Gay space princes. Arranged marriage and romantic misunderstandings. Political intrigue. Reader, I jumped at the chance to read this long before the book actually ended up in my hands. I thought I was ready. I was not ready.
Please note that this review contains discussion of abuse, and mild spoilers for one character’s backstory.
Prince Kiem, a famously disappointing minor royal and the Emperor’s least favourite grandchild, has been called upon to be useful for once. He’s been commanded to fulfill an obligation of marriage to the representative of the Empire’s newest and most rebellious vassal planet. His future husband, Count Jainan, is a widower and murder suspect.
Neither wants to be wed, but with a conspiracy unfolding around them and the fate of the Empire at stake, they will have to navigate the thorns and barbs of court intrigue, the machinations of war, and the long shadows of Jainan’s past, and they’ll have to do it together.
So begins a legendary love story amid the stars.
With a collection of tropes like the ones dropped in that blurb, it was a given that I’d be excited to read this book. I read a lot of romance, and I love a good political intrigue/space opera drama. Getting both in one book was a no-brainer of a purchase, and it absolutely didn’t disappoint me in either sense. I had expected a book that would be a joyfully good read, and I got one.
What I wasn’t completely ready for was just how thoroughly this book would get its hooks in me, emotionally.
Certain elements of the plot, and of character backstory, were not difficult to suss out ahead of the reveals that were certainly coming. This is not a story that rides on shocking plot twists; I wasn’t terribly surprised by them, but what gets me is how invested I was all the same.
Not every plot development or character reveal has to depend on being shocking to have an impact, and Everina Maxwell plays her twists and reveals skilfully enough that the impact is considerable. It helps that I was able to relate, on an almost painfully personal level, to a fair bit of what Jainan goes through in the book. I worked out early on that perhaps not all was entirely well in his world or in his previous marriage, and the more I read, the more painfully obvious that became. By the time my suspicions were confirmed, I was invested enough that I felt, and felt deeply, for his pain. I’ve been in an abusive relationship, and while I was never precisely physically harmed, I recognised enough of the signs to empathise with Jainan, especially as more of the ugly details come out later in the book.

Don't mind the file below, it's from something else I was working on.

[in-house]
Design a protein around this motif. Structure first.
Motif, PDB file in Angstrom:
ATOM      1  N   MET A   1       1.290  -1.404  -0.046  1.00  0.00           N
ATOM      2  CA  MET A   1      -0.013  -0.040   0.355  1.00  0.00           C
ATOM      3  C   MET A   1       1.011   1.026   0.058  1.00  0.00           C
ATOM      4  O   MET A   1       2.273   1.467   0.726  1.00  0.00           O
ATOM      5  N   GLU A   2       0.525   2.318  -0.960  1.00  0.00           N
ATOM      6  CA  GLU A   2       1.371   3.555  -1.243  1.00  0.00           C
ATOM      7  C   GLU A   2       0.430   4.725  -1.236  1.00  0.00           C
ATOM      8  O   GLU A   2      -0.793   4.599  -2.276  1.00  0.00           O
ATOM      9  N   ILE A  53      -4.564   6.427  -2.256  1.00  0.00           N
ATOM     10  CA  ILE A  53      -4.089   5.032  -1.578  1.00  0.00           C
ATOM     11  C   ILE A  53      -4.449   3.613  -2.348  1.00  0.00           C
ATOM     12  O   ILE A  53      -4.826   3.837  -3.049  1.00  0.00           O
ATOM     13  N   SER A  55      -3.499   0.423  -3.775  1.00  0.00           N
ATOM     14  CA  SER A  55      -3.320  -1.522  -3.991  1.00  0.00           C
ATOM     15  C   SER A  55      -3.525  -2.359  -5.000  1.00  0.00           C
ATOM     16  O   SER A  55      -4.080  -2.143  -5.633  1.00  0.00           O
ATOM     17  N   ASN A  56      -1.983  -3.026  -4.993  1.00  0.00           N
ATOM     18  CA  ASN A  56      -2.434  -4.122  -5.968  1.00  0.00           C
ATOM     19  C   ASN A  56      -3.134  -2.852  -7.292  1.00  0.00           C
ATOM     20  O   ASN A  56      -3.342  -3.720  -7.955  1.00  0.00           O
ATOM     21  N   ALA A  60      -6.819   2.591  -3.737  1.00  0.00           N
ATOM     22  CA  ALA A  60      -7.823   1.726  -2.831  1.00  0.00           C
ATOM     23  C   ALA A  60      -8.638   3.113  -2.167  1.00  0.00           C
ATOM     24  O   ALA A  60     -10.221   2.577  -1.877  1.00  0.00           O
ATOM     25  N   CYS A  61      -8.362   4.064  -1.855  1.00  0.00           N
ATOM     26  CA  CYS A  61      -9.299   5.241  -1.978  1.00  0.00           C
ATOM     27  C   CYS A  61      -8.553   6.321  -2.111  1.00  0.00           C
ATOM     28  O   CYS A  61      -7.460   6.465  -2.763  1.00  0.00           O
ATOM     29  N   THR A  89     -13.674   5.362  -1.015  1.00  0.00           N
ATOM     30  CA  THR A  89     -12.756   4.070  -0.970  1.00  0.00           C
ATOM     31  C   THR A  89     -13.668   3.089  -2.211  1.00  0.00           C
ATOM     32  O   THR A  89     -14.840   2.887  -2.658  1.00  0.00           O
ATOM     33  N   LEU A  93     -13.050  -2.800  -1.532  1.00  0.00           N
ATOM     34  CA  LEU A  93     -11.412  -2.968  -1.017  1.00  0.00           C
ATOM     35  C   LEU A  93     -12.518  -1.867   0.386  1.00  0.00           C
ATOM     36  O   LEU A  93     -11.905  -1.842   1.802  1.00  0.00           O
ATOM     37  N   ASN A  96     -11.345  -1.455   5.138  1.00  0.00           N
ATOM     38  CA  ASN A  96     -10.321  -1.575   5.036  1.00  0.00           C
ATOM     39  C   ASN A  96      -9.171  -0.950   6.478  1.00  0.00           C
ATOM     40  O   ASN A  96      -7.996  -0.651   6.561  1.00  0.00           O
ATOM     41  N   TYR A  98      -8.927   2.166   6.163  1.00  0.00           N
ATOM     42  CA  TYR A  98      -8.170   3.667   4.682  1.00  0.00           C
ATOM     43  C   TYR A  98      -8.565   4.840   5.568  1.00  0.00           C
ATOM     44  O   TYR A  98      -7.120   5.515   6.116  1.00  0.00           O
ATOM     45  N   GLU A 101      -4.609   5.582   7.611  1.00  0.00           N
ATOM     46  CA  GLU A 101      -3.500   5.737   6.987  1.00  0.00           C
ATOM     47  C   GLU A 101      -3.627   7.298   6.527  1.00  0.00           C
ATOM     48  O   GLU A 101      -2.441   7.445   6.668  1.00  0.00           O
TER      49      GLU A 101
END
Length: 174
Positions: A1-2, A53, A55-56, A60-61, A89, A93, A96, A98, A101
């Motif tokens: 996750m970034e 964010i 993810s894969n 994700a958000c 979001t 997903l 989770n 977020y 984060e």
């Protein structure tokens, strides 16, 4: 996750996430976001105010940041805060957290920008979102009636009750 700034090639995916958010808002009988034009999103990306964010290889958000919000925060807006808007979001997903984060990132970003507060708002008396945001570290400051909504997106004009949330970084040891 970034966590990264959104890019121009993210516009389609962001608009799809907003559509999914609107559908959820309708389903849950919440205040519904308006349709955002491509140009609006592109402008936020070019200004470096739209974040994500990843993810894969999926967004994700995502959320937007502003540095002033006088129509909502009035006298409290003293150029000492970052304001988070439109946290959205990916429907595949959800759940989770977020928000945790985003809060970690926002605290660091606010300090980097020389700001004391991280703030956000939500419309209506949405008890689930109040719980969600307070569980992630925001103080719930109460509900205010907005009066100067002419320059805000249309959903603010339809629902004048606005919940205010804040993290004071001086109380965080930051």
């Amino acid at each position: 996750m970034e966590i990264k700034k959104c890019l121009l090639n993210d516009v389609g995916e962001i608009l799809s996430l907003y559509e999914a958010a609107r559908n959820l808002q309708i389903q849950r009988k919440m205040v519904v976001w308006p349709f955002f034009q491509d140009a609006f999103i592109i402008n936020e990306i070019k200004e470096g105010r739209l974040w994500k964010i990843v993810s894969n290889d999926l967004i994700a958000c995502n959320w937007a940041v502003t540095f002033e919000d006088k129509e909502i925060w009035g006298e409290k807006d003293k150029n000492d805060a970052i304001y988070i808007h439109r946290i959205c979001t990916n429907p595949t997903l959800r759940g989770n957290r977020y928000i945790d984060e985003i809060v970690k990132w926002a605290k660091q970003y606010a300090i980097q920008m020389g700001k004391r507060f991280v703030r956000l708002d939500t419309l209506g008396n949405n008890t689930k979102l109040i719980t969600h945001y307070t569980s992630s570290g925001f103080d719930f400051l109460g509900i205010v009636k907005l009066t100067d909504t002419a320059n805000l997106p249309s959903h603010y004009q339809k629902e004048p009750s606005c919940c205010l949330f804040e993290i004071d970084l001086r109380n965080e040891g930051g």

(For a more detailed note on this type of content in Winter’s Orbit, here is a – spoilery – content warning for the book on the author’s web site.)
What saved this book from becoming too difficult for me to keep reading was the balance that is provided, in the form of Absolute Cinnamon Roll Prince Kiem.
Kiem is loud where Jainan is quiet, impulsive where he is cautious, and wears his heart on his sleeve while Jainan tries (heartbreakingly hard, at times) to keep his emotions to himself. These two should not gel as a couple, on paper – but we know that’s not how romances work, right? They are perfect for each other, but it takes a sweetly aggravating long time for them to figure each other out enough to begin to communicate well. On the other hand, theirs is such a wonderful match that by the time they do get past those hurdles, it almost feels as though they’ve been together forever.
This is how you write a soul-mate type of love story, and as a side note – if that sounds like your cup of tea and you haven’t yet watched The Untamed, you should get on that. Kiem and Jainan remind me so strongly of Wei Wuxian and Lan Wangji that’s no surprise to me that I fell head over heels for them.
But this is more than just a love story – there is an unapologetic message here about the dangers of Imperial control over planets (read: nations) struggling to gain more independence. The Iskat Empire doesn’t read as openly dictatorial, exactly, but it’s clear in their more subtle moments of presumptuous control/dismissal that there’s something potentially very insidious there. Overall, there’s a sense of very timely commentary on real-world politics here that’s hard to miss, even as it doesn’t overshadow the very clear message of hope that’s really at the heart of this story, in both its political and romantic senses.
And it’s that hopeful message that really hit home with me. I am not well-equipped to deal with anything of a grimdark nature, and so I deeply appreciated the lighter touch that the author uses to tell this story. With that in mind, though, what’s most impressive is that the sense of gravity to these events isn’t lessened by that lighter touch. Maxwell makes us care about her protagonists, gets the reader invested, and then brings the threats to their world down to their doorstep right on emotional cue.
The last book that packed this particular kind of punch for me was probably The Long Way to a Small Angry Planet by Becky Chambers, and that is by no means a throwaway comparison. I loved that book with all my heart, and I still do. Something tells me I’ll be feeling that way about this one in a year or two.
By the end of this book, I was wrung out and deeply gratified in equal measure. I have nothing but respect for the story it tells, and the way in which Maxwell chose to tell it. Winter’s Orbit has set a very, very high bar for my favourite reads of 2021, and it’s only February.
I can’t wait to pick it up for a reread.